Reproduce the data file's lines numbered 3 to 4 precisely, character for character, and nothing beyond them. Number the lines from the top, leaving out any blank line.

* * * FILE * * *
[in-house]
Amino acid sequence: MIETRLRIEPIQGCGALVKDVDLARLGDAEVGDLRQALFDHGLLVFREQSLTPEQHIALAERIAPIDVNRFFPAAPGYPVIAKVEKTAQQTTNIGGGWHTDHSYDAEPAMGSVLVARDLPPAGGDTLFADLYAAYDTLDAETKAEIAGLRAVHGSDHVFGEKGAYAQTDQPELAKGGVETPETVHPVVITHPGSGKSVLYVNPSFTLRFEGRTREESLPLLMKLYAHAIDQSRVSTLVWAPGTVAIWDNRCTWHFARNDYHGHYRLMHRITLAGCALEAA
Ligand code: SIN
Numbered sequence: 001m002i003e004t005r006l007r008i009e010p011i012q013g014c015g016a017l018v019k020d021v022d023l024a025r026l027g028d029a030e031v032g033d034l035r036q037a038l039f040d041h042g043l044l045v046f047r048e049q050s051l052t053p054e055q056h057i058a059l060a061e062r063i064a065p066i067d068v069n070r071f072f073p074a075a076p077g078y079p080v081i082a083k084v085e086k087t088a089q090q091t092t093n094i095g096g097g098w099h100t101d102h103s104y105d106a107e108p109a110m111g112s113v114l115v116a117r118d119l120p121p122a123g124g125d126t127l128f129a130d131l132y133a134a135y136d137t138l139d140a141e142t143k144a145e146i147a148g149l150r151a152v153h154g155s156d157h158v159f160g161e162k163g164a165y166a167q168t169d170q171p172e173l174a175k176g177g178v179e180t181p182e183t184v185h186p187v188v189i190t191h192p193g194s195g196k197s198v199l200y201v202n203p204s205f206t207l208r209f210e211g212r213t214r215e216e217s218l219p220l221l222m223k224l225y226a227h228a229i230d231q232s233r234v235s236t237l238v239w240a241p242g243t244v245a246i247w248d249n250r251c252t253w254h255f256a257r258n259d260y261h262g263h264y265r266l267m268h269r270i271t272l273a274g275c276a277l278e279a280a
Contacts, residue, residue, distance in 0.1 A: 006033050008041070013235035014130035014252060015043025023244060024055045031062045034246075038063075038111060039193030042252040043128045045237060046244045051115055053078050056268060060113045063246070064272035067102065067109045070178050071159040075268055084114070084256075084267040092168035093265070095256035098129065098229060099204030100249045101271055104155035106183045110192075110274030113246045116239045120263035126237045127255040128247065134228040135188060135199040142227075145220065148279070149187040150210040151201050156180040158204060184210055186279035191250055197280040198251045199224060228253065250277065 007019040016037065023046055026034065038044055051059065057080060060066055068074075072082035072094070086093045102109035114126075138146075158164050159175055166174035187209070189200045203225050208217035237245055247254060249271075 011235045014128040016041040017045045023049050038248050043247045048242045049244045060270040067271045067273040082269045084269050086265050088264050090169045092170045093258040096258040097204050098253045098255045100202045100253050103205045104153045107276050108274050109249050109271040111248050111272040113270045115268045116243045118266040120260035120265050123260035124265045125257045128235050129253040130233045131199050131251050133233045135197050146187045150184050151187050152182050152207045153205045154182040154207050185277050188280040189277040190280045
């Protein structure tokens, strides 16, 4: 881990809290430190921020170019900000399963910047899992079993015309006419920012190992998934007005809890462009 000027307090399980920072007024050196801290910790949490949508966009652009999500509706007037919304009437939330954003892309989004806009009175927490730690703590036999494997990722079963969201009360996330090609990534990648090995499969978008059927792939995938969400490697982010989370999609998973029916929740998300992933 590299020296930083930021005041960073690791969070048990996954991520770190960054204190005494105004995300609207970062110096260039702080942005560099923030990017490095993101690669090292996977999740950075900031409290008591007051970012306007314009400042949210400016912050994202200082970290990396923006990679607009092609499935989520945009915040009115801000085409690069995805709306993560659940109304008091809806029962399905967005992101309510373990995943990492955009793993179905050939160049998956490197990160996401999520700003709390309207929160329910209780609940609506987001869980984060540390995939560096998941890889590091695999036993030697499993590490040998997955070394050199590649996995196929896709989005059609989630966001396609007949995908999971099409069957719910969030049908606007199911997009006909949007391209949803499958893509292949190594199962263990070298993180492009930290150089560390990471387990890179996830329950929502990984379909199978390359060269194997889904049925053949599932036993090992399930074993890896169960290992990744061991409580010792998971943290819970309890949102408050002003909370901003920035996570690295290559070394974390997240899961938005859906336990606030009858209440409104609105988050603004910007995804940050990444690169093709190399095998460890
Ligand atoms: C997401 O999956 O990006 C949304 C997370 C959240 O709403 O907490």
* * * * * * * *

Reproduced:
Ligand code: SIN
Numbered sequence: 001m002i003e004t005r006l007r008i009e010p011i012q013g014c015g016a017l018v019k020d021v022d023l024a025r026l027g028d029a030e031v032g033d034l035r036q037a038l039f040d041h042g043l044l045v046f047r048e049q050s051l052t053p054e055q056h057i058a059l060a061e062r063i064a065p066i067d068v069n070r071f072f073p074a075a076p077g078y079p080v081i082a083k084v085e086k087t088a089q090q091t092t093n094i095g096g097g098w099h100t101d102h103s104y105d106a107e108p109a110m111g112s113v114l115v116a117r118d119l120p121p122a123g124g125d126t127l128f129a130d131l132y133a134a135y136d137t138l139d140a141e142t143k144a145e146i147a148g149l150r151a152v153h154g155s156d157h158v159f160g161e162k163g164a165y166a167q168t169d170q171p172e173l174a175k176g177g178v179e180t181p182e183t184v185h186p187v188v189i190t191h192p193g194s195g196k197s198v199l200y201v202n203p204s205f206t207l208r209f210e211g212r213t214r215e216e217s218l219p220l221l222m223k224l225y226a227h228a229i230d231q232s233r234v235s236t237l238v239w240a241p242g243t244v245a246i247w248d249n250r251c252t253w254h255f256a257r258n259d260y261h262g263h264y265r266l267m268h269r270i271t272l273a274g275c276a277l278e279a280a